• Use open channels to engage the community e.g. Github Discussions, Discord or Slack. My preference is for truly open channels of communication i.e. Discussions or forums. Groups like Discord or Slack seem more gated and are better for projects hoping to target enterprise customers.

Additional resources

Marketing drives awareness and adoption

Making the source code publicly available on Github is only the first step in the open-sourcing journey. The key to awareness and adoption is marketing.

Ideally, you would know where the potential users of your solution tend to hang out, the people that they follow and the sites that they read. These would be the main channels that you should be targeting. Common channels for tech-related projects include Twitter, specific subreddits and Hackernews.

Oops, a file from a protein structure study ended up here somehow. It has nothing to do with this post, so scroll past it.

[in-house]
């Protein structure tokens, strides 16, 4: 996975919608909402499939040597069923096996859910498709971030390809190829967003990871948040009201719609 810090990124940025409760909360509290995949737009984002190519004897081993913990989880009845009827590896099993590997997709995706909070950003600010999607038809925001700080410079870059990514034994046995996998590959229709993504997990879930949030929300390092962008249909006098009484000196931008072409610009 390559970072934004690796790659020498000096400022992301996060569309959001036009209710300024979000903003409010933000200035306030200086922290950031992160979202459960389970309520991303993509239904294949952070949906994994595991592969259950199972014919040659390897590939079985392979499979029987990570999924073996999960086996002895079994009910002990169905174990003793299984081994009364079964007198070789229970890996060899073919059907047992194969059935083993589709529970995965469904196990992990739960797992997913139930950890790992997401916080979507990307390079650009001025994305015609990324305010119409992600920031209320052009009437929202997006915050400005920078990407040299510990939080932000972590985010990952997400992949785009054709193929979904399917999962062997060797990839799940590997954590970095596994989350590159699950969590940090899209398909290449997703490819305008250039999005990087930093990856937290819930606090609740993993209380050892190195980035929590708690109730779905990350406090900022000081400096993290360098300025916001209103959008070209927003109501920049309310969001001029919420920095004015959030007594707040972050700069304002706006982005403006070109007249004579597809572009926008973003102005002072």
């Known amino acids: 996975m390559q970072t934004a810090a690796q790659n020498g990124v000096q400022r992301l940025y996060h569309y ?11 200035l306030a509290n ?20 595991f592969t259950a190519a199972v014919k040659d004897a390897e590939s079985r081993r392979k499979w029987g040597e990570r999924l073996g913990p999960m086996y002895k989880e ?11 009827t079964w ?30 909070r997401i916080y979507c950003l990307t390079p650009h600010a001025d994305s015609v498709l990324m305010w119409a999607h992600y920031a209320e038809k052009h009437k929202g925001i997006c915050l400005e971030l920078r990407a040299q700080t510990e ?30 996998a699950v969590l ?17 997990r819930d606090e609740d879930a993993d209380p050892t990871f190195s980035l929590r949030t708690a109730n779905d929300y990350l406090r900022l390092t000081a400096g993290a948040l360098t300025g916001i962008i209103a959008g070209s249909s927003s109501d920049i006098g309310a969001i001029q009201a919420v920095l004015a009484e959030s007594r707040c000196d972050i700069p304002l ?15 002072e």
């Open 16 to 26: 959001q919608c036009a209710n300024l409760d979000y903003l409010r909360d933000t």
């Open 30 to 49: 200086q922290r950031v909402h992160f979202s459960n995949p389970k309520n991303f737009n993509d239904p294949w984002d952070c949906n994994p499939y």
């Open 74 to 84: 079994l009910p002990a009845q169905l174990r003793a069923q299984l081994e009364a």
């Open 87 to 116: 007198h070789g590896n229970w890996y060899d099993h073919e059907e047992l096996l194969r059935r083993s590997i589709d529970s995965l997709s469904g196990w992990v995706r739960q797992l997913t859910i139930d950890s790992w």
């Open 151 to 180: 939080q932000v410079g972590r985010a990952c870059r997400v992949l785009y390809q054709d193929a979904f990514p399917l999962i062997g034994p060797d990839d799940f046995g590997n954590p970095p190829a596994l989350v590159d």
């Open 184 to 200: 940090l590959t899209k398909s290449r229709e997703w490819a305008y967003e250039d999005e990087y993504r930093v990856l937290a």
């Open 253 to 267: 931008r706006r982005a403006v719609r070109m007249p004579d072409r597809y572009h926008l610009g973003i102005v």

It helps if you are already a notable member of the community or have a large Twitter follower base which you can easily reach out to. In the absence of that, one can consider leveraging on the follower base of other popular individuals, projects and companies. I find it to be a pretty effective strategy to tag the accounts of such projects in Twitter, especially if you are building on their language / framework or created some kind of integration that their users would probably be interested in. People / organisations tend to appreciate the shout-out and would re-share or like the post, amplifying the outreach to their followers.